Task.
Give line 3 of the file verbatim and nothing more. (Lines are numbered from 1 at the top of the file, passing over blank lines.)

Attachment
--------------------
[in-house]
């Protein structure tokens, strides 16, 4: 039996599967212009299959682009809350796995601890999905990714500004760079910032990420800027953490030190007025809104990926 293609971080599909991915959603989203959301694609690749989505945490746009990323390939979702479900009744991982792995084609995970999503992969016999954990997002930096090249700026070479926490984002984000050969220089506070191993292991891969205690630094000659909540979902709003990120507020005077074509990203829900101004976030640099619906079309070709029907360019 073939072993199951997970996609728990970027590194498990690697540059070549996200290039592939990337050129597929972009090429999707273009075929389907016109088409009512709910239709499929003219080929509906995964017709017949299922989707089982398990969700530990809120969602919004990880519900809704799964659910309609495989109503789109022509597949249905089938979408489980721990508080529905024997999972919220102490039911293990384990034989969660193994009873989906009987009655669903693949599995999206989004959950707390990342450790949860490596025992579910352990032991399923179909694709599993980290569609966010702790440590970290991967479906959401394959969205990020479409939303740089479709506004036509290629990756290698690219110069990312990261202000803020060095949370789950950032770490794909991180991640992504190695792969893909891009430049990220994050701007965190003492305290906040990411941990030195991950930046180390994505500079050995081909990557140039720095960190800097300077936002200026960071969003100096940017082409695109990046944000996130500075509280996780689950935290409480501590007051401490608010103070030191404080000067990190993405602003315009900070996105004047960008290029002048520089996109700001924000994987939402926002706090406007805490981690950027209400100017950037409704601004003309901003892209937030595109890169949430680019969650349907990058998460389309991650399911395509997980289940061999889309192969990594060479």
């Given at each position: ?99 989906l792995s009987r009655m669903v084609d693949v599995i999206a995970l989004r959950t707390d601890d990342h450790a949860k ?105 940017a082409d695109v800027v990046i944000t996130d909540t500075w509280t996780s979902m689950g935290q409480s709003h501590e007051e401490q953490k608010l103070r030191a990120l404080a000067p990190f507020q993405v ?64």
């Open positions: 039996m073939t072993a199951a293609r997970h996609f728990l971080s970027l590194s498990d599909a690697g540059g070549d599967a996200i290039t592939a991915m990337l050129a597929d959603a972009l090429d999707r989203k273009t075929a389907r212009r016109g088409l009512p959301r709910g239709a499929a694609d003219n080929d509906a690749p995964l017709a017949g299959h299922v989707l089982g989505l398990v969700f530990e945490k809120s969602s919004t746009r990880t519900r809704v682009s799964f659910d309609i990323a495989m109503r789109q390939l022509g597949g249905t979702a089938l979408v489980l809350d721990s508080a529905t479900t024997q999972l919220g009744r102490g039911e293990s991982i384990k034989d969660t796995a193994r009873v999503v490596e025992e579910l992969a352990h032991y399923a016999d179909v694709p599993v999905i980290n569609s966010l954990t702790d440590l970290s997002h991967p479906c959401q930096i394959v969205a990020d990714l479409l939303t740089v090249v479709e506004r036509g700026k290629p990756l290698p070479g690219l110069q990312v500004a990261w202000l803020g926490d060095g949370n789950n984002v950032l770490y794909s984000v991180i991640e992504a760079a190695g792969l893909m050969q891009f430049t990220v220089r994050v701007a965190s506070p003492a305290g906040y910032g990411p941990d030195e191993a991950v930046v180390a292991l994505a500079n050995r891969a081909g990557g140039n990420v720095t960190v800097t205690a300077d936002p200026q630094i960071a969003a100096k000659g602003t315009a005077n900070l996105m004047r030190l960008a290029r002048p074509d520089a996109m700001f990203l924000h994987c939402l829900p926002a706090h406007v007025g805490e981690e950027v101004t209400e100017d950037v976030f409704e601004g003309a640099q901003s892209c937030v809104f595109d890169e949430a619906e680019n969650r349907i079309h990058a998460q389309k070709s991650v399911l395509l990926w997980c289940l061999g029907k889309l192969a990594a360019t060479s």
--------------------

């Given at each position: ?99 989906l792995s009987r009655m669903v084609d693949v599995i999206a995970l989004r959950t707390d601890d990342h450790a949860k ?105 940017a082409d695109v800027v990046i944000t996130d909540t500075w509280t996780s979902m689950g935290q409480s709003h501590e007051e401490q953490k608010l103070r030191a990120l404080a000067p990190f507020q993405v ?64």